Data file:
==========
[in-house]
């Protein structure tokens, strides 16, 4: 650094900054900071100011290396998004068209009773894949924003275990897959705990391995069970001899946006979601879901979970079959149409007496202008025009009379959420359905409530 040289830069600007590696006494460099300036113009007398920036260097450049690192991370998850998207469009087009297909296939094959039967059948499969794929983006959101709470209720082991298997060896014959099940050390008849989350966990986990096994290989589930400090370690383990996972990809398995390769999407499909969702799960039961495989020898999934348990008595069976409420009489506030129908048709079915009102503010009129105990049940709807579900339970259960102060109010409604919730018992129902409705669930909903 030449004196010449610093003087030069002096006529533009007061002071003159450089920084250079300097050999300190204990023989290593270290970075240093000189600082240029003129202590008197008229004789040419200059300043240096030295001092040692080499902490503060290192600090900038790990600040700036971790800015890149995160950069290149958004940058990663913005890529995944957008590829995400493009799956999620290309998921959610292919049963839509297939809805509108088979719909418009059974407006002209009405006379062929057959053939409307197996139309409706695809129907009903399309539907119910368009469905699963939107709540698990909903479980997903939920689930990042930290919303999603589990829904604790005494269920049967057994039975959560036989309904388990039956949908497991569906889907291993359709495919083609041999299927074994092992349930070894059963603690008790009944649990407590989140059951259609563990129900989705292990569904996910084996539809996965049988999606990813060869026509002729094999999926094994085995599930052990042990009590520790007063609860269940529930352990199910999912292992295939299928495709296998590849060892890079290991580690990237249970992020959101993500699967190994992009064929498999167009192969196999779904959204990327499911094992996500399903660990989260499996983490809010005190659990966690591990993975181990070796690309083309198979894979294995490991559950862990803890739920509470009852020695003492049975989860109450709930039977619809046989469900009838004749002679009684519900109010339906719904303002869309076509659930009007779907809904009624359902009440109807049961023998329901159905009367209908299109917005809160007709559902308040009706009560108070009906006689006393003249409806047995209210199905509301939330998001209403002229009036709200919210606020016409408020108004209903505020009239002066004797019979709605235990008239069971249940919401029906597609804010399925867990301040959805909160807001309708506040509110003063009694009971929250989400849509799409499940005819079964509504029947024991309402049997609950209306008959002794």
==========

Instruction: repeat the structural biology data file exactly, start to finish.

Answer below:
[in-house]
């Protein structure tokens, strides 16, 4: 650094900054900071100011290396998004068209009773894949924003275990897959705990391995069970001899946006979601879901979970079959149409007496202008025009009379959420359905409530 040289830069600007590696006494460099300036113009007398920036260097450049690192991370998850998207469009087009297909296939094959039967059948499969794929983006959101709470209720082991298997060896014959099940050390008849989350966990986990096994290989589930400090370690383990996972990809398995390769999407499909969702799960039961495989020898999934348990008595069976409420009489506030129908048709079915009102503010009129105990049940709807579900339970259960102060109010409604919730018992129902409705669930909903 030449004196010449610093003087030069002096006529533009007061002071003159450089920084250079300097050999300190204990023989290593270290970075240093000189600082240029003129202590008197008229004789040419200059300043240096030295001092040692080499902490503060290192600090900038790990600040700036971790800015890149995160950069290149958004940058990663913005890529995944957008590829995400493009799956999620290309998921959610292919049963839509297939809805509108088979719909418009059974407006002209009405006379062929057959053939409307197996139309409706695809129907009903399309539907119910368009469905699963939107709540698990909903479980997903939920689930990042930290919303999603589990829904604790005494269920049967057994039975959560036989309904388990039956949908497991569906889907291993359709495919083609041999299927074994092992349930070894059963603690008790009944649990407590989140059951259609563990129900989705292990569904996910084996539809996965049988999606990813060869026509002729094999999926094994085995599930052990042990009590520790007063609860269940529930352990199910999912292992295939299928495709296998590849060892890079290991580690990237249970992020959101993500699967190994992009064929498999167009192969196999779904959204990327499911094992996500399903660990989260499996983490809010005190659990966690591990993975181990070796690309083309198979894979294995490991559950862990803890739920509470009852020695003492049975989860109450709930039977619809046989469900009838004749002679009684519900109010339906719904303002869309076509659930009007779907809904009624359902009440109807049961023998329901159905009367209908299109917005809160007709559902308040009706009560108070009906006689006393003249409806047995209210199905509301939330998001209403002229009036709200919210606020016409408020108004209903505020009239002066004797019979709605235990008239069971249940919401029906597609804010399925867990301040959805909160807001309708506040509110003063009694009971929250989400849509799409499940005819079964509504029947024991309402049997609950209306008959002794």